Classical studies, History
Length:
150 words

... (1) , younger son of Pisistratus of Athens (6th cent. bc ). Closely associated with his elder brother Hippias (1) , he was known particularly as patron and lover of the arts ( Ath. pol. 18). He invited Anacreon and Simonides to Athens, and set up herms around Attica with words of gnomic wisdom ([Pl.] Hipparch. 228d–e); see gnome . The same source (228b) credits him, improbably, with bringing the text of Homer to Athens, and more plausibly, with adding Homeric recitals to the Panathenaea . It is unclear how much of the artistic...

Hipparchus 1

Hipparchus 1   Quick reference

The Oxford Dictionary of the Classical World

Reference type:
Subject Reference
Current Version:
2007
Subject:
Classical studies, History
Length:
98 words

... 1 , younger son of Pisistratus of Athens (6th cent. bc ). Closely associated with his elder brother Hippias (1) , he was known esp. as patron and lover of the arts. He invited Anacreon and Simonides to Athens, and set up herms around Attica with words of gnomic wisdom; see gnome . He may have added Homeric recitals to the Panathenaea ( see rhapsodes ). It is unclear how much of the artistic momentum of Pisistratid Athens (esp. the temple of Olympian Zeus ) should be associated specifically with him. He was murdered...

Hippa'rchus

Hippa'rchus   Reference library

The Oxford Companion to Classical Literature (3 ed.)

Reference type:
Subject Reference
Current Version:
2011
Subject:
Literature, Classical studies
Length:
316 words

... 1. Younger son of Peisistratus , tyrant of Athens, who was closely associated with his brother Hippias (1) when the latter ruled Athens after the death of their father in 527 bc . Known particularly as a patron of literature and art, he was murdered by Harmodius and Aristogeiton in 514 bc . 2. ( c. 190–after 126 bc ) Reputedly the greatest of ancient astronomers, who transformed Greek astronomy from a theoretical science to one based on observation. He was a Greek born at Nicaea in Bithynia but later living in Rhodes. His only surviving...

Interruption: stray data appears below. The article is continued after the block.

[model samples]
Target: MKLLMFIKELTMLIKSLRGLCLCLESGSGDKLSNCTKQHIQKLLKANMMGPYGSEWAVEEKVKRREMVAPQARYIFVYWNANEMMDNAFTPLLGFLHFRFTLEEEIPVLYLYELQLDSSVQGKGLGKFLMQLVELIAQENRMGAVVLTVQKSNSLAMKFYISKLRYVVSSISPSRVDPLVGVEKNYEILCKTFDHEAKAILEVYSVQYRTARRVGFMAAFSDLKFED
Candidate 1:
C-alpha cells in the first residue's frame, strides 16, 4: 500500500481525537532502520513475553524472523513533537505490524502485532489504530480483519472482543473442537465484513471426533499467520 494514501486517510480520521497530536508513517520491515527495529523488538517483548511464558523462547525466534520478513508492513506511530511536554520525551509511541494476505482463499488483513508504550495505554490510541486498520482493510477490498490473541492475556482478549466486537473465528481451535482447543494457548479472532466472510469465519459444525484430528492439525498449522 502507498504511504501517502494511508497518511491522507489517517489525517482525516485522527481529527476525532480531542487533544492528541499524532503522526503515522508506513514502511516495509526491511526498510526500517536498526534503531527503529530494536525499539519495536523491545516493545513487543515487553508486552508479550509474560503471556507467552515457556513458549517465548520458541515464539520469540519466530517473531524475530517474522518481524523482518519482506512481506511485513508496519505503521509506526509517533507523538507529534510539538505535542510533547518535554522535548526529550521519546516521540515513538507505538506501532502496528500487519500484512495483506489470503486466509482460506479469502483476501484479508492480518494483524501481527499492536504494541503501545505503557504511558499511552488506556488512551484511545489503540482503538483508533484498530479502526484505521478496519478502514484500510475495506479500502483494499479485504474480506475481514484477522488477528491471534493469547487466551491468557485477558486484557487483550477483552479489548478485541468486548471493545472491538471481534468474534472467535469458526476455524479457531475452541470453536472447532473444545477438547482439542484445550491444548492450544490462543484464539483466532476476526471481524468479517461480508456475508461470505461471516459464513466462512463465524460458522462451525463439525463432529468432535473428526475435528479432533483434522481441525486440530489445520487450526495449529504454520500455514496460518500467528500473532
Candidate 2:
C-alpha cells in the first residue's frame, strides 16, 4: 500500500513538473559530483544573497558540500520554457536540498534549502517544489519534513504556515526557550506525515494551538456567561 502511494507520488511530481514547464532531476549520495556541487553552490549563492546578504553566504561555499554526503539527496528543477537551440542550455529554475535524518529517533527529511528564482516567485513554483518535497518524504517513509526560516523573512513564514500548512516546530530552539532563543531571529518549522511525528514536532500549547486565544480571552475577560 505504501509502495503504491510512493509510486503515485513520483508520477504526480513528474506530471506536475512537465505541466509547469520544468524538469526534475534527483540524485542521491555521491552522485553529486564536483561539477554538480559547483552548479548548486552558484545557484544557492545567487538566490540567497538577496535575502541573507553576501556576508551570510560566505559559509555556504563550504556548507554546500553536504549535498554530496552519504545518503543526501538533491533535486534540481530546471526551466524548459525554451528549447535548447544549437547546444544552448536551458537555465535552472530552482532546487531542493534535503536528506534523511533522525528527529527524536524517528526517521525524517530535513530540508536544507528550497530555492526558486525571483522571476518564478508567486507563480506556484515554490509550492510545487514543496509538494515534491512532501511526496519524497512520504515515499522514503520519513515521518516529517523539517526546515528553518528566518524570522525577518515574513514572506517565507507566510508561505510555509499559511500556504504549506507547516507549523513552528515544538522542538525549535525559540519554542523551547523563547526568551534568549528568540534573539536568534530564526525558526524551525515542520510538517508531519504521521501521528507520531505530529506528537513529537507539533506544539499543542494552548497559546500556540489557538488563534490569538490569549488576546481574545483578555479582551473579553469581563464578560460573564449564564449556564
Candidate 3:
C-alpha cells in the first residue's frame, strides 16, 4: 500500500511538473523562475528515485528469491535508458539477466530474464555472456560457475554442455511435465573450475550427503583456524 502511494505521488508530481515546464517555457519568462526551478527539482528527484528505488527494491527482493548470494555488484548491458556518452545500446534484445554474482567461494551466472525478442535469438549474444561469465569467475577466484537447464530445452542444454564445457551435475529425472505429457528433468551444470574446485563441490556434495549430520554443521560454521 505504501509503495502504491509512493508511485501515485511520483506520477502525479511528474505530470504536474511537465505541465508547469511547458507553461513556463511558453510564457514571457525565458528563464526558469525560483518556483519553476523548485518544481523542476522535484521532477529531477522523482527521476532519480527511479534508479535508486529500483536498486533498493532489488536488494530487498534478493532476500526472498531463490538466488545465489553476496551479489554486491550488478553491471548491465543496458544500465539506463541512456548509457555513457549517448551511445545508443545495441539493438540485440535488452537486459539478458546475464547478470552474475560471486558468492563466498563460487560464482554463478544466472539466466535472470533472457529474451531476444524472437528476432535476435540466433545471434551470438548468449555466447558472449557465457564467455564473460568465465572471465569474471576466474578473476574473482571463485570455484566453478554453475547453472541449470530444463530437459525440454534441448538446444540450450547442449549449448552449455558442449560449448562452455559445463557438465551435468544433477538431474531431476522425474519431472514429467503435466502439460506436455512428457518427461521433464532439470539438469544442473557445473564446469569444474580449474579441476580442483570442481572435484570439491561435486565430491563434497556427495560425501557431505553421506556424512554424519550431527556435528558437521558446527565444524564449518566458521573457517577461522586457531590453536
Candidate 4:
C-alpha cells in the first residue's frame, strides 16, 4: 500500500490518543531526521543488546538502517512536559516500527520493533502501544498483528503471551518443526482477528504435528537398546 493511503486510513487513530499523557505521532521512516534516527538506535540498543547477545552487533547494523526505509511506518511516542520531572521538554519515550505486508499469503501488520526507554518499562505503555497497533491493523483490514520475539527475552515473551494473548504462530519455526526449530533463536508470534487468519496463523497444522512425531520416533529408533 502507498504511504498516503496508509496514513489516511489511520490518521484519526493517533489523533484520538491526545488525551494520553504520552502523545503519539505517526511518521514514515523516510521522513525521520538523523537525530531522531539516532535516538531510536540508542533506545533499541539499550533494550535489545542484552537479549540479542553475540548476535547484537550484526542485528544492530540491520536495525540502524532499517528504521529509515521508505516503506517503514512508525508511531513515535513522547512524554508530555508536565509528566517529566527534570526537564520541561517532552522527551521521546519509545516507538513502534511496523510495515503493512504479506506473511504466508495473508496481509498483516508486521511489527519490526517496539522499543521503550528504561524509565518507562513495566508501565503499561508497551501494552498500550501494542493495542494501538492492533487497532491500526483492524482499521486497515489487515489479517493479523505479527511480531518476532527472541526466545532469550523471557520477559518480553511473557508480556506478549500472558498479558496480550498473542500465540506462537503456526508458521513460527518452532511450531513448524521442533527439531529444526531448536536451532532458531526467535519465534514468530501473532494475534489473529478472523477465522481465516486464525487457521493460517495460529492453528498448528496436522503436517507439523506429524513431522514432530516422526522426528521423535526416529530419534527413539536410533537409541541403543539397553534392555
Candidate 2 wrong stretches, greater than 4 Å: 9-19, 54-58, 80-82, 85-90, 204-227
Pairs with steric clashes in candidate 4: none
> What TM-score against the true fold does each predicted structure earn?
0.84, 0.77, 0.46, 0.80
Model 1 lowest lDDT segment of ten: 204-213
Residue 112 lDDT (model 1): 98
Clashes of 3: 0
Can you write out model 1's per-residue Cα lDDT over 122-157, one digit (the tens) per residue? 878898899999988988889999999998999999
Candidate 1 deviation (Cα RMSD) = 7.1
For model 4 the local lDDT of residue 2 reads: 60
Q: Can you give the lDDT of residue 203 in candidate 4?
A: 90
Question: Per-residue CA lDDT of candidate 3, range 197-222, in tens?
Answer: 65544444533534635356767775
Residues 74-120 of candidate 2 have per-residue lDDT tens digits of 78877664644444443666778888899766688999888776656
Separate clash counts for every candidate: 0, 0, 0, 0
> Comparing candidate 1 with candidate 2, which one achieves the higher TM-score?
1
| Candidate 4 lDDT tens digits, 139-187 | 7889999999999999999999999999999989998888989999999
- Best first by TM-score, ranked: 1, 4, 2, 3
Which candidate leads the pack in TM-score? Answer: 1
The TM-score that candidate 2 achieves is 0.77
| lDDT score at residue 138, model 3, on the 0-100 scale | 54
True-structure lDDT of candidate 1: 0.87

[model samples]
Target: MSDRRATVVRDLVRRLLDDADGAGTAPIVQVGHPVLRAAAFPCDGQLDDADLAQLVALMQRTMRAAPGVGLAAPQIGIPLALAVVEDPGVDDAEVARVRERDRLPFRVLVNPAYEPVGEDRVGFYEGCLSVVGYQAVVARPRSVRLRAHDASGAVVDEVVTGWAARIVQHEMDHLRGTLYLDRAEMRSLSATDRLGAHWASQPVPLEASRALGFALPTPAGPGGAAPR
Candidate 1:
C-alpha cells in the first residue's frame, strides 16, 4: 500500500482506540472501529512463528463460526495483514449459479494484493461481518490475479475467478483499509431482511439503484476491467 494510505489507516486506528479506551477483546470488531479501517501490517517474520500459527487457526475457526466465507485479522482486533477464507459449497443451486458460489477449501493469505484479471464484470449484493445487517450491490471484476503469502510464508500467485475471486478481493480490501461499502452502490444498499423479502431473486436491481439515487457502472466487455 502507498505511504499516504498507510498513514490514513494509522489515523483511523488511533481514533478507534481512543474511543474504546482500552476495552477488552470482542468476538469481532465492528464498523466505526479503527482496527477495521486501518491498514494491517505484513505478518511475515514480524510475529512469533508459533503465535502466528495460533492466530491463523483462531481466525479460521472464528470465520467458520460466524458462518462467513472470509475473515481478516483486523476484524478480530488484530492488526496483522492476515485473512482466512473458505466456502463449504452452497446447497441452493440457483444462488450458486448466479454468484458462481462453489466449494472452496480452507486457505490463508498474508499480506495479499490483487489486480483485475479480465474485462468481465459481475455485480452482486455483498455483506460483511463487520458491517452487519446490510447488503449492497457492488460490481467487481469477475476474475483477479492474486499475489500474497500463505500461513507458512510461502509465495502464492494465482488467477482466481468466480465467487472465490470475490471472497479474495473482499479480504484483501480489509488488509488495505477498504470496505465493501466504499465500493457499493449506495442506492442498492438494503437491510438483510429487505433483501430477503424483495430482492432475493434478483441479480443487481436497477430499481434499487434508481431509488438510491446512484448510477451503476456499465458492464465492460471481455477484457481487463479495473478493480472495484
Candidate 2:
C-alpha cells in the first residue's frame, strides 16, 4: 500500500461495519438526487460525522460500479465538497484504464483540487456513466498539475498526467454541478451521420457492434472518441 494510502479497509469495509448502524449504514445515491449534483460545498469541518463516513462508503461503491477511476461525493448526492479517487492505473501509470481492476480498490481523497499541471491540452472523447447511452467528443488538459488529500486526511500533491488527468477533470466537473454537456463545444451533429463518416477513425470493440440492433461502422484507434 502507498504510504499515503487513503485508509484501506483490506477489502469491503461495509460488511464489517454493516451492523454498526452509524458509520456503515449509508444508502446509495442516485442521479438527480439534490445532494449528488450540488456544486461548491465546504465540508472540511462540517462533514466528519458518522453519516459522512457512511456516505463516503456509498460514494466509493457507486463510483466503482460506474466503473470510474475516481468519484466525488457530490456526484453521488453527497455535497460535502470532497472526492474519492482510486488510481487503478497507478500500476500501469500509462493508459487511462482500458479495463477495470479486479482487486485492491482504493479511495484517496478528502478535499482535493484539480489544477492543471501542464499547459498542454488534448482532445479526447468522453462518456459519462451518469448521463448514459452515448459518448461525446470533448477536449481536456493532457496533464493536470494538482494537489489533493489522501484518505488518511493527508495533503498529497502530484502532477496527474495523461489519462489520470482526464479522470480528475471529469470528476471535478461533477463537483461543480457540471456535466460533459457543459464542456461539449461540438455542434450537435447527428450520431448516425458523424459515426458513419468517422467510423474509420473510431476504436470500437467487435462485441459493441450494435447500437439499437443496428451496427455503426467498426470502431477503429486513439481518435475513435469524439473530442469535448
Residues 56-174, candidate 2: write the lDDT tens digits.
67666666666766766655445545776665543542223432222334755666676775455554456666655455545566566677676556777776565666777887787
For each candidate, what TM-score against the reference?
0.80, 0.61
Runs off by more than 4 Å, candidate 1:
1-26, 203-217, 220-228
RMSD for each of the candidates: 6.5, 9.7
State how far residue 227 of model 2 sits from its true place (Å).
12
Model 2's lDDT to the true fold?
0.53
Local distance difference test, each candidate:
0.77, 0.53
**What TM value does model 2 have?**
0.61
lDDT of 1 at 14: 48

Hipparchus of Nicaea

Hipparchus of Nicaea (190–c.120)   Quick reference

A Dictionary of Astronomy (3 ed.)

Reference type:
Subject Reference
Current Version:
2018

... of Nicaea ( c . 190– c .120 bc ) Greek astronomer , geographer , and mathematician , born in modern Turkey . He put Greek astronomy on a more scientific footing, introducing arithmetic and early trigonometric methods. His many accurate astronomical observations resulted in a catalogue of 850 stars, in which he gave their coordinates and divided them into six magnitude classes. Ptolemy incorporated the catalogue and other findings by Hipparchus in the Almagest . Hipparchus made surprisingly accurate measurements of the precession of the...

Hipparchus

Hipparchus n   Reference library

The Oxford Dictionary of Original Shakespearean Pronunciation

Reference type:
Subject Reference
Current Version:
2016

...Hipparchus n ɪˈpɑ:ɹkǝs, hɪ- sp Hiparchus 1 ...

Hipparchus

Hipparchus (c.170 bcc.120 bc)   Reference library

The New Oxford Dictionary for Scientific Writers and Editors (2 ed.)

Reference type:
Subject Reference
Current Version:
2009

... ( c. 170 bc – c. 120 bc ) Greek astronomer and geographer...

Hipparchus

Hipparchus   Quick reference

New Oxford Rhyming Dictionary (2 ed.)

Reference type:
Subject Reference
Current Version:
2013
Subject:
Language reference
Length:
67 words

... • Bacchus , Caracas, Gracchus • Damascus • Aristarchus , carcass, Hipparchus, Marcus • discus , hibiscus, meniscus, viscous • umbilicus • Copernicus • Ecclesiasticus • Leviticus • floccus • caucus , Dorcas, glaucous, raucous • Archilochus , Cocos, crocus, focus, hocus, hocus-pocus, locus • autofocus • fucus , Lucas, mucous, mucus, Ophiuchus, soukous • ruckus • fuscous • abacus • diplodocus • Telemachus • Callimachus • Caratacus • Spartacus • ...

Hipparchus

Hipparchus   Quick reference

New Oxford American Dictionary (3 ed.)

Reference type:
English Dictionary
Current Version:
2015
Subject:
English Dictionaries and Thesauri
Length:
50 words
Hipparchus

Hipparchus   Reference library

The New Zealand Oxford Dictionary

Reference type:
English Dictionary
Current Version:
2005
Subject:
English Dictionaries and Thesauri
Length:
45 words
Hipparchus

Hipparchus   Quick reference

Oxford Dictionary of English (3 ed.)

Reference type:
English Dictionary
Current Version:
2015
Subject:
English Dictionaries and Thesauri
Length:
50 words
Hipparchus

Hipparchus   Reference library

The Canadian Oxford Dictionary (2 ed.)

Reference type:
English Dictionary
Current Version:
2005
Subject:
English Dictionaries and Thesauri
Length:
34 words
Hipparchus

Hipparchus  

Reference type:
Overview Page
(fl. c.260 bc),New Comedy poet (see comedy (Greek), New) and (probably) actor. In frs. 1 and 3 foreign drinking-cups (κόνδυ, λαβρώνιος) are mentioned, and in Ζωγράφος (‘The painter’), fr. 2, the ...
Hipparchus

Hipparchus  

Reference type:
Overview Page
Astronomer, (fl. second half of 2nd cent. bc). His recorded observations range from 147 to 127. His only extant work, the Commentary on the Phainomena of Eudoxus and Aratus, contains criticisms of ...